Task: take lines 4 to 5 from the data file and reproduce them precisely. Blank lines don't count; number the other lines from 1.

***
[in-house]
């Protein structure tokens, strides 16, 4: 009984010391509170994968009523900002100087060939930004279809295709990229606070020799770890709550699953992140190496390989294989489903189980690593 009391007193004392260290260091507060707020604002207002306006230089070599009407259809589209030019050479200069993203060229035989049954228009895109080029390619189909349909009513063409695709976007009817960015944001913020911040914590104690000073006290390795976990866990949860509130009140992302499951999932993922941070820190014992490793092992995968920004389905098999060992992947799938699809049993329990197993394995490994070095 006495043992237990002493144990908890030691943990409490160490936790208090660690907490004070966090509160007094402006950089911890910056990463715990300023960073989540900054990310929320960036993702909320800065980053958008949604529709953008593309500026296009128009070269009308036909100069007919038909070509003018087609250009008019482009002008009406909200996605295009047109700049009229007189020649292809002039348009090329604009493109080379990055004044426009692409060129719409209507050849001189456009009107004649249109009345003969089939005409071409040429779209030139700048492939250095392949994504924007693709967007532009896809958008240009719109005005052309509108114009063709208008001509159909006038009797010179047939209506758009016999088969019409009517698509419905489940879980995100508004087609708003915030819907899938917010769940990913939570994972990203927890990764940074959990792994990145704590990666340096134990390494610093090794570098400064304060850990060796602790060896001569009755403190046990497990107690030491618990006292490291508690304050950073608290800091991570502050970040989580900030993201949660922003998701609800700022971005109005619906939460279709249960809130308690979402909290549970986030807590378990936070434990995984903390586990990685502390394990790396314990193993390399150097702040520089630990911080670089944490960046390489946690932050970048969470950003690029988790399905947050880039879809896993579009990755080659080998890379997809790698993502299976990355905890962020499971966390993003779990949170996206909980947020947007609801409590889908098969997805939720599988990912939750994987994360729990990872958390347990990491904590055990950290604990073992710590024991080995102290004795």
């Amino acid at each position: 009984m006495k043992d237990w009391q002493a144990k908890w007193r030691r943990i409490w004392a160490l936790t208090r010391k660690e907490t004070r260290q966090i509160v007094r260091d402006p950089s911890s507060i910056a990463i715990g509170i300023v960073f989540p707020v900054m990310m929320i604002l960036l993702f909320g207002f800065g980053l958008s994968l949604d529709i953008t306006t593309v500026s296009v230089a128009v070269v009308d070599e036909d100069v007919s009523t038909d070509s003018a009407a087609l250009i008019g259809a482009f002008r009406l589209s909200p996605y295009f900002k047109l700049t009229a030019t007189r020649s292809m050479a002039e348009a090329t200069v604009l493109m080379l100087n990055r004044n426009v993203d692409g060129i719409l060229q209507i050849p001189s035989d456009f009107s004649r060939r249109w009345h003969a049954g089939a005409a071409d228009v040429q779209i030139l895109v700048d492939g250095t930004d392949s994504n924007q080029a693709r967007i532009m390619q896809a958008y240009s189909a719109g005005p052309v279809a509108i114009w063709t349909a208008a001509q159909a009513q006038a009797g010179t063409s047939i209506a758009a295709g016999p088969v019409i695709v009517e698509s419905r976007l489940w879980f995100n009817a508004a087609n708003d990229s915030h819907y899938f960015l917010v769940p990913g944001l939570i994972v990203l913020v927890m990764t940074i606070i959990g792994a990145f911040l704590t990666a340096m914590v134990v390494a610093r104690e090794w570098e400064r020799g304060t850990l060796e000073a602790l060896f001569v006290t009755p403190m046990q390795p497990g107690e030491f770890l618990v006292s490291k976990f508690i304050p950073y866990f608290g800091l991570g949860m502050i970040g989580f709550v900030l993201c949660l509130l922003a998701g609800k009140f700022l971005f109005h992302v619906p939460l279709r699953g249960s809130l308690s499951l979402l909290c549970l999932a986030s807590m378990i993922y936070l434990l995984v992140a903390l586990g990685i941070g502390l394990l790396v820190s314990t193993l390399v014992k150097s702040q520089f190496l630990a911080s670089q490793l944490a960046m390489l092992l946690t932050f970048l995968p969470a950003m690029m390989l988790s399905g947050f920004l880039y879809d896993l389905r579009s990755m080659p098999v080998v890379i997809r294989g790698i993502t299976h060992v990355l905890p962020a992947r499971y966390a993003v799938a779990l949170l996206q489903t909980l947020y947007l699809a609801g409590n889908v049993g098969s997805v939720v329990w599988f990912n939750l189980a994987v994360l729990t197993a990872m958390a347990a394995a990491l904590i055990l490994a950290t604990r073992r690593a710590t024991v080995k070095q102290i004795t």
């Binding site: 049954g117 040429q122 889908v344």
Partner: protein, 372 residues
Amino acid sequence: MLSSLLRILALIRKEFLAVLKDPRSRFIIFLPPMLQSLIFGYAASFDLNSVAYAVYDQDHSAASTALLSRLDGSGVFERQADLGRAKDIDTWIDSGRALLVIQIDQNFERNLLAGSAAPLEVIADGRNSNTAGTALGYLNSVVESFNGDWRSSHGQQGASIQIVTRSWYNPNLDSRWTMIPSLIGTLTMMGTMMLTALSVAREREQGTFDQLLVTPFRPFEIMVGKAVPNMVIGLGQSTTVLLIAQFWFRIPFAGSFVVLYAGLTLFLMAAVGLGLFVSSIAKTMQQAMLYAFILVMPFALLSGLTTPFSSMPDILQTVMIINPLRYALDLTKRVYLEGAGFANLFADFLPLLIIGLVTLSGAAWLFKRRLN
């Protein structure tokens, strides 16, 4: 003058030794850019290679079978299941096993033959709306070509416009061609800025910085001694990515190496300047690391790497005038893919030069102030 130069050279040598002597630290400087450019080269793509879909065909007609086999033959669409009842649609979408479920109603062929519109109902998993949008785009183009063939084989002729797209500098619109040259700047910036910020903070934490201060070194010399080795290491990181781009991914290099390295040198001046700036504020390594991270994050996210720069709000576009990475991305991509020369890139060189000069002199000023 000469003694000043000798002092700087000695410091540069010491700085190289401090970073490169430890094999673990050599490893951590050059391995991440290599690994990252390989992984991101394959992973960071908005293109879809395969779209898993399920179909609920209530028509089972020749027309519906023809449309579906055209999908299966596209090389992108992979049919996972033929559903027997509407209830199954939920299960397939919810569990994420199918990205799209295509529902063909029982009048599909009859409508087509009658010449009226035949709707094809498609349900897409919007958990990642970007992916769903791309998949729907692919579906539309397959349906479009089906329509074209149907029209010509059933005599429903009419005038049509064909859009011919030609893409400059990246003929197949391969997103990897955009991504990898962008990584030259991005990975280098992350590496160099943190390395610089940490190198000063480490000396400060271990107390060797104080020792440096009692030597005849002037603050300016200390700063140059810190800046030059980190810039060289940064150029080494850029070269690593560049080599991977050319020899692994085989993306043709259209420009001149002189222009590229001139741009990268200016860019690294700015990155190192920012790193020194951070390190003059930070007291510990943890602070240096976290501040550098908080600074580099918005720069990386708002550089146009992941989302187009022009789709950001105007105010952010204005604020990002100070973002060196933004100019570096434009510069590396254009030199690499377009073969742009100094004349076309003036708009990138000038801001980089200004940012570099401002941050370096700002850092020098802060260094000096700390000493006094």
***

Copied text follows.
């Binding site: 049954g117 040429q122 889908v344």
Partner: protein, 372 residues